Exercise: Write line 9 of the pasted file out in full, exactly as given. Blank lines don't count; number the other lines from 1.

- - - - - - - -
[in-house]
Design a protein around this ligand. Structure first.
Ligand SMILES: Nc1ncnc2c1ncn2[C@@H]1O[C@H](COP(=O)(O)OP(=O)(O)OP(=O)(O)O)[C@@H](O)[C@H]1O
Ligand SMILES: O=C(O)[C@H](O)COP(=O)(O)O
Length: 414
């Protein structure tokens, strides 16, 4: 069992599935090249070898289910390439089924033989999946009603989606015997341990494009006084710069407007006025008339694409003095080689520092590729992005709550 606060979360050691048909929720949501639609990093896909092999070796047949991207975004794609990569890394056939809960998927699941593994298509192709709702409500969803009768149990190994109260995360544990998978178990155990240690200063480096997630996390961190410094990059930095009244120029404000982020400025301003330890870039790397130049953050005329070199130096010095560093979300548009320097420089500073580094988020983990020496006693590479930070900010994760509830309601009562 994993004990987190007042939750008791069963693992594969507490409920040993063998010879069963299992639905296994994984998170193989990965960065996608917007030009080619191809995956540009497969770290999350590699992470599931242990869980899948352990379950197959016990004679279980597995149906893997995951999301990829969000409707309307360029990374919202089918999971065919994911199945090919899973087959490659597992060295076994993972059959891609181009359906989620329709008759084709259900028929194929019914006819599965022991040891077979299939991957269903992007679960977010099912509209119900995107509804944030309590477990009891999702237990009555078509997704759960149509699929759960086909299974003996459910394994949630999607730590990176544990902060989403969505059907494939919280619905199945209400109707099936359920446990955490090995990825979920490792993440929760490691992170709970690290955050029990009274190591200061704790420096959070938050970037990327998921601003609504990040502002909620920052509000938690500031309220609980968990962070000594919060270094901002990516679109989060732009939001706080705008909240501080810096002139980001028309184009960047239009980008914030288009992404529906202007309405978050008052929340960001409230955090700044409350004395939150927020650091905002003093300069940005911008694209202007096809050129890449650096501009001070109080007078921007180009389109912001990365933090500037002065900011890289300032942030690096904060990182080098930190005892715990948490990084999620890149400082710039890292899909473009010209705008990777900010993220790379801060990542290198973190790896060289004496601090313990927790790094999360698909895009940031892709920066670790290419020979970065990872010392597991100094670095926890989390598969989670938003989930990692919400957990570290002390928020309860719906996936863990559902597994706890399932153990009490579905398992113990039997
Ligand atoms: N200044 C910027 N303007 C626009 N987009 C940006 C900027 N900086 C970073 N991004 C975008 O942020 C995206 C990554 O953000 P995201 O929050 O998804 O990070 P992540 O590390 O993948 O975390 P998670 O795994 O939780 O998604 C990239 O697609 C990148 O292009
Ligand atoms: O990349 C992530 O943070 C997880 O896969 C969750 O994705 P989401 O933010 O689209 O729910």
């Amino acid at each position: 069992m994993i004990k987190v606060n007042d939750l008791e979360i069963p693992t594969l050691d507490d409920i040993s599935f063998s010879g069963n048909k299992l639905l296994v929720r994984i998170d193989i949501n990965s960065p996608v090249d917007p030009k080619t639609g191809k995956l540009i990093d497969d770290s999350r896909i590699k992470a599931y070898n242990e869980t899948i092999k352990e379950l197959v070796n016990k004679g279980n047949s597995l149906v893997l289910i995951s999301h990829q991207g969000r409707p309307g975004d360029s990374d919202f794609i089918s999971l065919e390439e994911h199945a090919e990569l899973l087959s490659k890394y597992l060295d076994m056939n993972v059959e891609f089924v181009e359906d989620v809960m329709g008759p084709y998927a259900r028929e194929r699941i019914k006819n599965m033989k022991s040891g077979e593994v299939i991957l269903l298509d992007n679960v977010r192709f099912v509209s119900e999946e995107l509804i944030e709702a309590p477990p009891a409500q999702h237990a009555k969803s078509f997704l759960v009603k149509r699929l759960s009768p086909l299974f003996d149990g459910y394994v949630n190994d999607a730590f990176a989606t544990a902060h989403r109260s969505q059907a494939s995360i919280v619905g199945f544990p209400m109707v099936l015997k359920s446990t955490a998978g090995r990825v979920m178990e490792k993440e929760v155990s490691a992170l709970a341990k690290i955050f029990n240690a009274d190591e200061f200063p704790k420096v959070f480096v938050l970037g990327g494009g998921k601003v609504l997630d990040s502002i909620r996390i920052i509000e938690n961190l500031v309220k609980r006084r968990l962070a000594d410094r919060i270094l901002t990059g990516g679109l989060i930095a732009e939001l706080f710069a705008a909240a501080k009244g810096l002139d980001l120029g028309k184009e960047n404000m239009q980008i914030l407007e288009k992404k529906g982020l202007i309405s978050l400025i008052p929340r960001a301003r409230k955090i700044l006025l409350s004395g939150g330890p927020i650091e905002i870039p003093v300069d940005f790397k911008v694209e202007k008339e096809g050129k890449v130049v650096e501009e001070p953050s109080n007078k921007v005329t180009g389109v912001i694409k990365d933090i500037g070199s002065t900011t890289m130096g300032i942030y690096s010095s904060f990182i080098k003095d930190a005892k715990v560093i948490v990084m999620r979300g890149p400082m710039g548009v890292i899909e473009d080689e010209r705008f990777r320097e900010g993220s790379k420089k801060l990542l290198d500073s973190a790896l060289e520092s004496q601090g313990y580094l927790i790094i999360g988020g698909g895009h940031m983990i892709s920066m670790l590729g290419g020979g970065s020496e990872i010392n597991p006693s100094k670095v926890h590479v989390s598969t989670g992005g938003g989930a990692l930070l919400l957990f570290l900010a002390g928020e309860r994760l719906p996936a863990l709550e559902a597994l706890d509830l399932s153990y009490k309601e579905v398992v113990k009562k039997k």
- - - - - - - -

């Amino acid at each position: 069992m994993i004990k987190v606060n007042d939750l008791e979360i069963p693992t594969l050691d507490d409920i040993s599935f063998s010879g069963n048909k299992l639905l296994v929720r994984i998170d193989i949501n990965s960065p996608v090249d917007p030009k080619t639609g191809k995956l540009i990093d497969d770290s999350r896909i590699k992470a599931y070898n242990e869980t899948i092999k352990e379950l197959v070796n016990k004679g279980n047949s597995l149906v893997l289910i995951s999301h990829q991207g969000r409707p309307g975004d360029s990374d919202f794609i089918s999971l065919e390439e994911h199945a090919e990569l899973l087959s490659k890394y597992l060295d076994m056939n993972v059959e891609f089924v181009e359906d989620v809960m329709g008759p084709y998927a259900r028929e194929r699941i019914k006819n599965m033989k022991s040891g077979e593994v299939i991957l269903l298509d992007n679960v977010r192709f099912v509209s119900e999946e995107l509804i944030e709702a309590p477990p009891a409500q999702h237990a009555k969803s078509f997704l759960v009603k149509r699929l759960s009768p086909l299974f003996d149990g459910y394994v949630n190994d999607a730590f990176a989606t544990a902060h989403r109260s969505q059907a494939s995360i919280v619905g199945f544990p209400m109707v099936l015997k359920s446990t955490a998978g090995r990825v979920m178990e490792k993440e929760v155990s490691a992170l709970a341990k690290i955050f029990n240690a009274d190591e200061f200063p704790k420096v959070f480096v938050l970037g990327g494009g998921k601003v609504l997630d990040s502002i909620r996390i920052i509000e938690n961190l500031v309220k609980r006084r968990l962070a000594d410094r919060i270094l901002t990059g990516g679109l989060i930095a732009e939001l706080f710069a705008a909240a501080k009244g810096l002139d980001l120029g028309k184009e960047n404000m239009q980008i914030l407007e288009k992404k529906g982020l202007i309405s978050l400025i008052p929340r960001a301003r409230k955090i700044l006025l409350s004395g939150g330890p927020i650091e905002i870039p003093v300069d940005f790397k911008v694209e202007k008339e096809g050129k890449v130049v650096e501009e001070p953050s109080n007078k921007v005329t180009g389109v912001i694409k990365d933090i500037g070199s002065t900011t890289m130096g300032i942030y690096s010095s904060f990182i080098k003095d930190a005892k715990v560093i948490v990084m999620r979300g890149p400082m710039g548009v890292i899909e473009d080689e010209r705008f990777r320097e900010g993220s790379k420089k801060l990542l290198d500073s973190a790896l060289e520092s004496q601090g313990y580094l927790i790094i999360g988020g698909g895009h940031m983990i892709s920066m670790l590729g290419g020979g970065s020496e990872i010392n597991p006693s100094k670095v926890h590479v989390s598969t989670g992005g938003g989930a990692l930070l919400l957990f570290l900010a002390g928020e309860r994760l719906p996936a863990l709550e559902a597994l706890d509830l399932s153990y009490k309601e579905v398992v113990k009562k039997k």